(Written last summer.)
Living in the city in an apartment with no balcony and a porch that is also the entrance to first floor offices, finding a private space in nature can be difficult. Parks and college greens are not quite private enough when you want to do writing, praying, or listening to music that may involve tears or soul anguish. But recently I discovered a place perfectly appropriate to all such requirements—the cemetery. Even in the midst of houses, cars, and roads, a cemetery is usually a decent-sized piece of nature, often with a few comforting trees; and regardless of size, it has an inherent sense of quiet, reverence, and privacy.
I realized the perfection of such a place a few weeks ago when, driving home, I felt a strong need to pull over and cry, listen to affecting music, and write in a notebook. Although the cemetery I pulled into didn’t have quite as many trees or quite as few (living) people as I might have wished, I quickly realized it didn’t matter very much. Who is going to think strangely of a person who sits moodily in their car—even if it is for an hour—in a cemetery? It is deeply, strongly, traditionally bound with a sense of the deepest feelings of the human heart. Graveyards represent death and yearning and longing and loss—and never is the human heart and spirit so susceptible to a spiritual awareness than in the presence of death.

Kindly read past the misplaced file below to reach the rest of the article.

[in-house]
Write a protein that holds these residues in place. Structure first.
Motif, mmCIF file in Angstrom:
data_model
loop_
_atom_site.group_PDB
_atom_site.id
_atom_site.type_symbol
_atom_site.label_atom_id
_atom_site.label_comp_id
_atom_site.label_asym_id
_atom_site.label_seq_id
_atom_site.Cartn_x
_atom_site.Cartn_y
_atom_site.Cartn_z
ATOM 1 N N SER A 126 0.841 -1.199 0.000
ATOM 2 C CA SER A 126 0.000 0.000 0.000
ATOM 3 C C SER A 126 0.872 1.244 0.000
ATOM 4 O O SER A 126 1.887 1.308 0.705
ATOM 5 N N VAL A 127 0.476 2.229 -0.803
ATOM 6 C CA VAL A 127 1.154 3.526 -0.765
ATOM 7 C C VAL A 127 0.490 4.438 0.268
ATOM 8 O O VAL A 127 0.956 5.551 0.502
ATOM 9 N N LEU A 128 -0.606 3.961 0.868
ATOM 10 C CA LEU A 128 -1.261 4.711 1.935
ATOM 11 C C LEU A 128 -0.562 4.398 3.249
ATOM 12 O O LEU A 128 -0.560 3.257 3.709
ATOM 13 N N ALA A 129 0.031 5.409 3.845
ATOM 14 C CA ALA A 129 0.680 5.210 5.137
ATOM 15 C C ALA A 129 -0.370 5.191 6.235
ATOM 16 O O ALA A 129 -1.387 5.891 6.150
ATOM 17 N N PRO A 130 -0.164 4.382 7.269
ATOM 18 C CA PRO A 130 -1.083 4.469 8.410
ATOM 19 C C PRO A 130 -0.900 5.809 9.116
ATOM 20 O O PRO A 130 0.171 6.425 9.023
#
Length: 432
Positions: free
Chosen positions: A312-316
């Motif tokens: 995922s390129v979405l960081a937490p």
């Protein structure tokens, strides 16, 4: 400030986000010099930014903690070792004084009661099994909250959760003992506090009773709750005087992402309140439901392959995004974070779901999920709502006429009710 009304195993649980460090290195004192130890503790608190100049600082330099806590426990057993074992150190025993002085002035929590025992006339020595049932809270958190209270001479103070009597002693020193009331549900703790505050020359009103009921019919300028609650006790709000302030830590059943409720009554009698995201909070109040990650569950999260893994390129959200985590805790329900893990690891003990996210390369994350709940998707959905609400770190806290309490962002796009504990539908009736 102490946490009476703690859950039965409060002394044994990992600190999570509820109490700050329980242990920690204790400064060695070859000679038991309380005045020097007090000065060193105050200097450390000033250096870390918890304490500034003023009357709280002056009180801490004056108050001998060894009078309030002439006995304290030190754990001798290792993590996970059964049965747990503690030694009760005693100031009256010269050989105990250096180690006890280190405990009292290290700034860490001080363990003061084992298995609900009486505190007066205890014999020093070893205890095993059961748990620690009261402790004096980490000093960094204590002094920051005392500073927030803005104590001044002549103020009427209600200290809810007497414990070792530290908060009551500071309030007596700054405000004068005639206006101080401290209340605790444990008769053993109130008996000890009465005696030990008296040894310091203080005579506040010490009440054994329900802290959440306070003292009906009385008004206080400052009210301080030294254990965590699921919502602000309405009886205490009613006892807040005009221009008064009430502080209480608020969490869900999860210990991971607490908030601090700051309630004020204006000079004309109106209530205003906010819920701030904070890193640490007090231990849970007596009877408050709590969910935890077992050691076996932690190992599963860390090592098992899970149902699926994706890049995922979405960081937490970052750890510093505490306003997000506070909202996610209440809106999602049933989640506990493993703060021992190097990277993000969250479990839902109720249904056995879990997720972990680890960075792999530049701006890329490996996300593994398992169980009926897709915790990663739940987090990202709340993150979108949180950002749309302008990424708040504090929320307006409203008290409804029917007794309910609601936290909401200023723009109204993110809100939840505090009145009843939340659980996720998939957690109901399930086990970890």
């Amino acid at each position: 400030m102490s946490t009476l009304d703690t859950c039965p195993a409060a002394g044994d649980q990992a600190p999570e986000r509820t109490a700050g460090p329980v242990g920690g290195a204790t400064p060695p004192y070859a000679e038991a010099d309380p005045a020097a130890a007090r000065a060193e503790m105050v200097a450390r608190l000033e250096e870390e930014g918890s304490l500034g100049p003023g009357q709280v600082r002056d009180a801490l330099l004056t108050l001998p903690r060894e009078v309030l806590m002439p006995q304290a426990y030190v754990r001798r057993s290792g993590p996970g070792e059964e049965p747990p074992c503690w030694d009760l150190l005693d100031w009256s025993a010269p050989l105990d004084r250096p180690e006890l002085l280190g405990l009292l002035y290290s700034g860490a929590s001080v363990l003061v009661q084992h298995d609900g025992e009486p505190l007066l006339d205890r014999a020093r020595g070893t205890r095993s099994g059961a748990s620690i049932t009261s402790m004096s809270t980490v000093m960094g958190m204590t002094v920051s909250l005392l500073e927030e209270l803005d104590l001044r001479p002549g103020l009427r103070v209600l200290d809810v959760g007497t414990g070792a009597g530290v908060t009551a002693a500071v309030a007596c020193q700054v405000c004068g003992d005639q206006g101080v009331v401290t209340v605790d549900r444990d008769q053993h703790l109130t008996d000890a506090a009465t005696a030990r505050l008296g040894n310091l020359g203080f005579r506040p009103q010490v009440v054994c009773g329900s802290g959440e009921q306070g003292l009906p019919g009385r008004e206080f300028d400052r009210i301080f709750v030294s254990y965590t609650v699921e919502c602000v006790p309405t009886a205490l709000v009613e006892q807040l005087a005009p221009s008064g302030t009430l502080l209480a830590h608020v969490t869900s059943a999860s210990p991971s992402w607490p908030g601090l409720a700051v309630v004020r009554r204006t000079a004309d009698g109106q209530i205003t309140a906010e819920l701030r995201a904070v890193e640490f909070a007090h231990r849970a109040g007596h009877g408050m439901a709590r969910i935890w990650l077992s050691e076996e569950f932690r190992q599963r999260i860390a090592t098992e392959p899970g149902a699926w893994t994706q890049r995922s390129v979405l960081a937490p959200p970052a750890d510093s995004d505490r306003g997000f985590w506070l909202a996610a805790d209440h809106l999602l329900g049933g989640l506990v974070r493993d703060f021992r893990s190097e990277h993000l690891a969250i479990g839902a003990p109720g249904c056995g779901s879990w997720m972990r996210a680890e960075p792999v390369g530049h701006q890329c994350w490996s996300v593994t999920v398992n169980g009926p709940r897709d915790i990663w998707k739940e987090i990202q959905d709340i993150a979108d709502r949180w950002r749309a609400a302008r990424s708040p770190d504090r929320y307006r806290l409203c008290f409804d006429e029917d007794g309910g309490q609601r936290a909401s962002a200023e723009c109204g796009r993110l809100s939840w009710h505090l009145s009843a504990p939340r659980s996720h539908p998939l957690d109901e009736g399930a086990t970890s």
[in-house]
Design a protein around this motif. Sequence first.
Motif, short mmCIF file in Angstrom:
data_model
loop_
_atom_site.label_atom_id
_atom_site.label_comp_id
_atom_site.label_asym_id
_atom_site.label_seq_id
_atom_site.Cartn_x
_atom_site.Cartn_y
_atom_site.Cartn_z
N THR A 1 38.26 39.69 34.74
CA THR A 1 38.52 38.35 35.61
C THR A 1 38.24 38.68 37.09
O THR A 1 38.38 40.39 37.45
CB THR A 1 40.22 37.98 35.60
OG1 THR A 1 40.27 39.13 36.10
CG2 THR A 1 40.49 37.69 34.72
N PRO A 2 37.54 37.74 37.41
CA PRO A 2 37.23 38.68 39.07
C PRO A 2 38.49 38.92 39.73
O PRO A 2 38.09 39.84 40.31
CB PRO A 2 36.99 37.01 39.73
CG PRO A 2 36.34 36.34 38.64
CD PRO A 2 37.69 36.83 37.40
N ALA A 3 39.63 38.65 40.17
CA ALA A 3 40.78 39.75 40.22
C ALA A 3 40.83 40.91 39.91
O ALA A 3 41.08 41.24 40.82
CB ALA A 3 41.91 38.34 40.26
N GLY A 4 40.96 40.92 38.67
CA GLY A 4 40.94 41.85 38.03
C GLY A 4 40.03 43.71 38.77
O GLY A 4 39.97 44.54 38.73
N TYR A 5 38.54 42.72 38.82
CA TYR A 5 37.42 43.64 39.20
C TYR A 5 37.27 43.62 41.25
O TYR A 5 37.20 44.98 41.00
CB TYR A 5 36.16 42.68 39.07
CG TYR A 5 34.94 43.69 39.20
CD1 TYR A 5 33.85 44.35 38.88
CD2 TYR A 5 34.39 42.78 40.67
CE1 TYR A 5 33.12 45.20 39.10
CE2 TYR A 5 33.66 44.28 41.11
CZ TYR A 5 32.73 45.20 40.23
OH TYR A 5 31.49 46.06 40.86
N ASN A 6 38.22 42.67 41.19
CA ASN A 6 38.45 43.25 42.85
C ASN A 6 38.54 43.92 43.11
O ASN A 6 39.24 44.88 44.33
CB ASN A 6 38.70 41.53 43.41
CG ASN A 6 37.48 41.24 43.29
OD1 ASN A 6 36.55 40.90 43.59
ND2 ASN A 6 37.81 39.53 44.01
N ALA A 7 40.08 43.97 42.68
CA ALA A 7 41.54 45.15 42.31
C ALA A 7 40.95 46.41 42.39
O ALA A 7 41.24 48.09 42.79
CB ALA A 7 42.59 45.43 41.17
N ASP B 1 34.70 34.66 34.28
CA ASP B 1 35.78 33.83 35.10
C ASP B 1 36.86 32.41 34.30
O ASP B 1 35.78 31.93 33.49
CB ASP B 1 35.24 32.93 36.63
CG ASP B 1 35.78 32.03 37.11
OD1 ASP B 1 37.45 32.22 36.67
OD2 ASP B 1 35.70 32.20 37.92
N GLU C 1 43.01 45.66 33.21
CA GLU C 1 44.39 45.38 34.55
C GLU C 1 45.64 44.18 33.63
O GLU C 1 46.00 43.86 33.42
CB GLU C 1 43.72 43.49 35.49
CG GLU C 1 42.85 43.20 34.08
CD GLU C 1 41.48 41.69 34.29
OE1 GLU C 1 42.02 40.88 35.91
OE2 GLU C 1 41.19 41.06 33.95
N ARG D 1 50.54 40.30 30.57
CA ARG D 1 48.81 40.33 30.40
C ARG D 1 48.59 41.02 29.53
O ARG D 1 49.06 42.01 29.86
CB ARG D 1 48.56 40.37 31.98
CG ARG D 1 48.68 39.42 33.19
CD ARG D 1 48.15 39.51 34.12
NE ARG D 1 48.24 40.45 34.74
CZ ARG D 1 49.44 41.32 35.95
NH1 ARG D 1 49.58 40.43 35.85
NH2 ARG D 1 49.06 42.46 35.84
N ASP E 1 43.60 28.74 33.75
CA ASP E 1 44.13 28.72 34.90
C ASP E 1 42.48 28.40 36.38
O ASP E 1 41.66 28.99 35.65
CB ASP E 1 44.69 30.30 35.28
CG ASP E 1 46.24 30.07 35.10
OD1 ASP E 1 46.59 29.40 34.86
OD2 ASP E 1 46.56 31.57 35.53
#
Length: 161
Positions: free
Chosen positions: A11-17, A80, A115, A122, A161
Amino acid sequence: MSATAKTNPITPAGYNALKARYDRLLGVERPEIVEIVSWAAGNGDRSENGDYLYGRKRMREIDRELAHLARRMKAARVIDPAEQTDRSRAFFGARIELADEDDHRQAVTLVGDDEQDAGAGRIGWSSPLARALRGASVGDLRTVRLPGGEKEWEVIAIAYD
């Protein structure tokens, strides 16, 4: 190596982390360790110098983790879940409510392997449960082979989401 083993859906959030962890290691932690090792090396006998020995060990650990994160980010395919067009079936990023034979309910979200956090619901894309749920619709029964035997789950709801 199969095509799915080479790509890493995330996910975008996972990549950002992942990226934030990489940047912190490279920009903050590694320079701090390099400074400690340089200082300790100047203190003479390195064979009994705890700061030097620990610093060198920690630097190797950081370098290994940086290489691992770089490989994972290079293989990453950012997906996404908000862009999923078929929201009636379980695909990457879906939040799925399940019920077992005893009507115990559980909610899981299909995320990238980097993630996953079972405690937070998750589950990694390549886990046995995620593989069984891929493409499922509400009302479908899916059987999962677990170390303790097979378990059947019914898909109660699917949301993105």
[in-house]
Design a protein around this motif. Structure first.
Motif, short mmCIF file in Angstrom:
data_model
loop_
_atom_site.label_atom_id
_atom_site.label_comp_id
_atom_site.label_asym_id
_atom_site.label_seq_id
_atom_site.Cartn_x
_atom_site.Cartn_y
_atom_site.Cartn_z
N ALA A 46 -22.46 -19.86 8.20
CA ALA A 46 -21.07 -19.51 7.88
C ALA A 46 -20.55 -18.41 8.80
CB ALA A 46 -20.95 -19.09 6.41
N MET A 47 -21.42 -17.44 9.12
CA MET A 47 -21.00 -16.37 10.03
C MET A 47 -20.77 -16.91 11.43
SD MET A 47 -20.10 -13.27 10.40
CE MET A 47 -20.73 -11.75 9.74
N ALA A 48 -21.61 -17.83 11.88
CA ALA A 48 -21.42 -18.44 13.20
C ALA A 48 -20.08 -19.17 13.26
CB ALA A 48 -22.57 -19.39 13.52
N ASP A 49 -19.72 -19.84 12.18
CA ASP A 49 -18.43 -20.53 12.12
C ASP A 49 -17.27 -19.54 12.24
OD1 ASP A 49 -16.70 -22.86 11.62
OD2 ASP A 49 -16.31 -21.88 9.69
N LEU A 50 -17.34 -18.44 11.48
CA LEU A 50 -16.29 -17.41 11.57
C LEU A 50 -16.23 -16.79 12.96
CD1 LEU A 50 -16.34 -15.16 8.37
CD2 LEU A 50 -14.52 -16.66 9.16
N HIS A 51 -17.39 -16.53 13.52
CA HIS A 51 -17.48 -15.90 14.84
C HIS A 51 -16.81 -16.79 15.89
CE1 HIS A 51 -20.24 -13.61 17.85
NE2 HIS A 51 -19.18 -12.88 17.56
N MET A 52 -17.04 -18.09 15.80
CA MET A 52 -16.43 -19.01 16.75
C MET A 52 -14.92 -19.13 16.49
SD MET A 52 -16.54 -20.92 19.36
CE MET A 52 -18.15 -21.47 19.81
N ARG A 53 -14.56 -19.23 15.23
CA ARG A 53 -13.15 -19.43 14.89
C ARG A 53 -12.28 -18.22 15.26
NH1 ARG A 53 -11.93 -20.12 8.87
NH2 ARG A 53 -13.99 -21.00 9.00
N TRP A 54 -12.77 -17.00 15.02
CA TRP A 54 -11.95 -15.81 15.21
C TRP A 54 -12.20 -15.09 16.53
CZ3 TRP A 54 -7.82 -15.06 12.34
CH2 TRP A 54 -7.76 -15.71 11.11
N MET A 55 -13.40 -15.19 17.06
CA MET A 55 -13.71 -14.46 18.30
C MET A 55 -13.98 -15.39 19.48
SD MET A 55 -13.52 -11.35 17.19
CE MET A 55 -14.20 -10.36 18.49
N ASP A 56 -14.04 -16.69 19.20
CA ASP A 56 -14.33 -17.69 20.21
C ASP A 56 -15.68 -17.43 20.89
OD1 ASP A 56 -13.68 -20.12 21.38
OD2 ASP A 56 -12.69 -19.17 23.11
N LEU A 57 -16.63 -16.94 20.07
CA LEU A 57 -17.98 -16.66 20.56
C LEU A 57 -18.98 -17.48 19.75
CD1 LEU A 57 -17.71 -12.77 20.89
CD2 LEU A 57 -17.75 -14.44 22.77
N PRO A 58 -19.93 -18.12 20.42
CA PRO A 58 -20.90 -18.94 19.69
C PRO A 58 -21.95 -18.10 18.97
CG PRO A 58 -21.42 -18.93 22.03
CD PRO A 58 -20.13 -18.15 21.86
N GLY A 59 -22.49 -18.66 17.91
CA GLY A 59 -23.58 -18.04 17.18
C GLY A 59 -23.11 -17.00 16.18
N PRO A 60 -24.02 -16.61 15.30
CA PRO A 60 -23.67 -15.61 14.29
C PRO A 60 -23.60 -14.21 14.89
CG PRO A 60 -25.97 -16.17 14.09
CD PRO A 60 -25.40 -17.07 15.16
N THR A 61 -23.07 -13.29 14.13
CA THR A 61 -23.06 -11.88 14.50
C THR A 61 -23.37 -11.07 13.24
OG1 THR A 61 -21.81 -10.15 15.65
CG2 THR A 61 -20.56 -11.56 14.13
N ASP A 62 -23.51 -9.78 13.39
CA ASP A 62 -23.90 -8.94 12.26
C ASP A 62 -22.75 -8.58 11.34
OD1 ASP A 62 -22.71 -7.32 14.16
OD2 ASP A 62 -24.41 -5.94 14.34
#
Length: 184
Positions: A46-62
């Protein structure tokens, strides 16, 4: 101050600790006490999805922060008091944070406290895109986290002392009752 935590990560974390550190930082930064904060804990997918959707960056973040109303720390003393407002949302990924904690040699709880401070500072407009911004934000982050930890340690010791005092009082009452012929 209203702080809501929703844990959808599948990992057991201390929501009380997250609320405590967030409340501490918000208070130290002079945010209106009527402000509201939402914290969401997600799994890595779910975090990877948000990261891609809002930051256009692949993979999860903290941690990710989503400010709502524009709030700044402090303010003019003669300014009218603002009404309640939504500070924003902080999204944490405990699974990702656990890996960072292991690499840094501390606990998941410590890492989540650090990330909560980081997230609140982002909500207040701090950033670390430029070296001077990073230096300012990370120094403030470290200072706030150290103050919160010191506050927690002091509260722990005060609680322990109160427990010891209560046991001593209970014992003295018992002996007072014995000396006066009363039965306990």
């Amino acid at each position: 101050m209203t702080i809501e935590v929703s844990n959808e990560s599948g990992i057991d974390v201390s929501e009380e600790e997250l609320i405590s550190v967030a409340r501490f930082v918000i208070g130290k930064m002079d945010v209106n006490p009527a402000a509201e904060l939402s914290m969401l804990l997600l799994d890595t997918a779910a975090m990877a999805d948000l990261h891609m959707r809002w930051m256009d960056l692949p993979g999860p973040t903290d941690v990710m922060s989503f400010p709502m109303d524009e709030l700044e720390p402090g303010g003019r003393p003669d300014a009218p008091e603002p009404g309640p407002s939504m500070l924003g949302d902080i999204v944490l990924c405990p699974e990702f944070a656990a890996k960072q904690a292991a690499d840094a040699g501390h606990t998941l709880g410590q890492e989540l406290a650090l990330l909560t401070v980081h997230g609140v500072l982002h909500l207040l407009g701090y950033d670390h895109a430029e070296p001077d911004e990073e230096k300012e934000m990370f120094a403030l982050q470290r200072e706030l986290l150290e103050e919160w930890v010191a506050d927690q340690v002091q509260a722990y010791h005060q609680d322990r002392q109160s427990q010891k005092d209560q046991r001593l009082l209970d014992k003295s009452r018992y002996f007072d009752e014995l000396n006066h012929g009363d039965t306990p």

The mad, frantic pace of our modern lives may hurriedly and scornfully dismiss any weakness of feeling during daily life; but there is a strange sacredness that wraps an acre or two of grassy, monument-strewn land as with an ancient and untouchable forgiveness for humanity’s embarrassing but indelible tendency toward the unseen immortal. We do not often respect the poorly disguised symptoms of heartache in others—impatience, cynicism, ill-temper—but there is a feeling in most of us that true grief and heartbreak are worthy of our sympathy, our acknowledgement, our gift of a silent moment to another suffering person.
Much of this may be seen in the days surrounding a death, in the long family hours of a funeral. Something of it lingers in the bittersweet sanctity of a cemetery. And so it does not seem strange that even if it is only to grieve a less-than-eternal death—one of hope or joy—or to weep from the exhaustion of confusion, that a heart seeking relief from the mandatory masks of the everyday may find a place in a daily week where grief observed will be respected, and sorrow will throb, gently dignified, by the side of a graveyard path.